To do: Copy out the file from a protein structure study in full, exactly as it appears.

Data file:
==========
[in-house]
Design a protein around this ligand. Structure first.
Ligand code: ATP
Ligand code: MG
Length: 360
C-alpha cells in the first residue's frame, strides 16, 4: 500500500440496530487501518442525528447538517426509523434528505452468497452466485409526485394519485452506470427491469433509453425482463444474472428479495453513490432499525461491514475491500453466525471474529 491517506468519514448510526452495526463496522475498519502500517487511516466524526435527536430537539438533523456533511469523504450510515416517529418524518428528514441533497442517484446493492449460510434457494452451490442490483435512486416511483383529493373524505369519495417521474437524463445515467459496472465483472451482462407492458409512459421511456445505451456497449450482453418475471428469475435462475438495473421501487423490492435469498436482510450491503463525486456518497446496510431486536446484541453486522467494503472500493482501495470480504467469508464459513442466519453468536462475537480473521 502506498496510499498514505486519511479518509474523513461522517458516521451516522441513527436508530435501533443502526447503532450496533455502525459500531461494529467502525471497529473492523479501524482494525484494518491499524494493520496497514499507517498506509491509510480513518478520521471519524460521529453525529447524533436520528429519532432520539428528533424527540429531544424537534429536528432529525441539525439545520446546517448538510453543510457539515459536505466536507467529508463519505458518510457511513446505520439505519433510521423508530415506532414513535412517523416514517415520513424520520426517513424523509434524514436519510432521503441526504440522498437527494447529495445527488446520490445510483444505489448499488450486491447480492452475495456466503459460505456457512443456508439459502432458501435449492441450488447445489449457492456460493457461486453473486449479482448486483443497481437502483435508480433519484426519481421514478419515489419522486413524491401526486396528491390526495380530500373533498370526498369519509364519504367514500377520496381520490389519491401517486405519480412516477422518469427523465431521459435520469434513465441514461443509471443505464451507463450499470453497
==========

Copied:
[in-house]
Design a protein around this ligand. Structure first.
Ligand code: ATP
Ligand code: MG
Length: 360
C-alpha cells in the first residue's frame, strides 16, 4: 500500500440496530487501518442525528447538517426509523434528505452468497452466485409526485394519485452506470427491469433509453425482463444474472428479495453513490432499525461491514475491500453466525471474529 491517506468519514448510526452495526463496522475498519502500517487511516466524526435527536430537539438533523456533511469523504450510515416517529418524518428528514441533497442517484446493492449460510434457494452451490442490483435512486416511483383529493373524505369519495417521474437524463445515467459496472465483472451482462407492458409512459421511456445505451456497449450482453418475471428469475435462475438495473421501487423490492435469498436482510450491503463525486456518497446496510431486536446484541453486522467494503472500493482501495470480504467469508464459513442466519453468536462475537480473521 502506498496510499498514505486519511479518509474523513461522517458516521451516522441513527436508530435501533443502526447503532450496533455502525459500531461494529467502525471497529473492523479501524482494525484494518491499524494493520496497514499507517498506509491509510480513518478520521471519524460521529453525529447524533436520528429519532432520539428528533424527540429531544424537534429536528432529525441539525439545520446546517448538510453543510457539515459536505466536507467529508463519505458518510457511513446505520439505519433510521423508530415506532414513535412517523416514517415520513424520520426517513424523509434524514436519510432521503441526504440522498437527494447529495445527488446520490445510483444505489448499488450486491447480492452475495456466503459460505456457512443456508439459502432458501435449492441450488447445489449457492456460493457461486453473486449479482448486483443497481437502483435508480433519484426519481421514478419515489419522486413524491401526486396528491390526495380530500373533498370526498369519509364519504367514500377520496381520490389519491401517486405519480412516477422518469427523465431521459435520469434513465441514461443509471443505464451507463450499470453497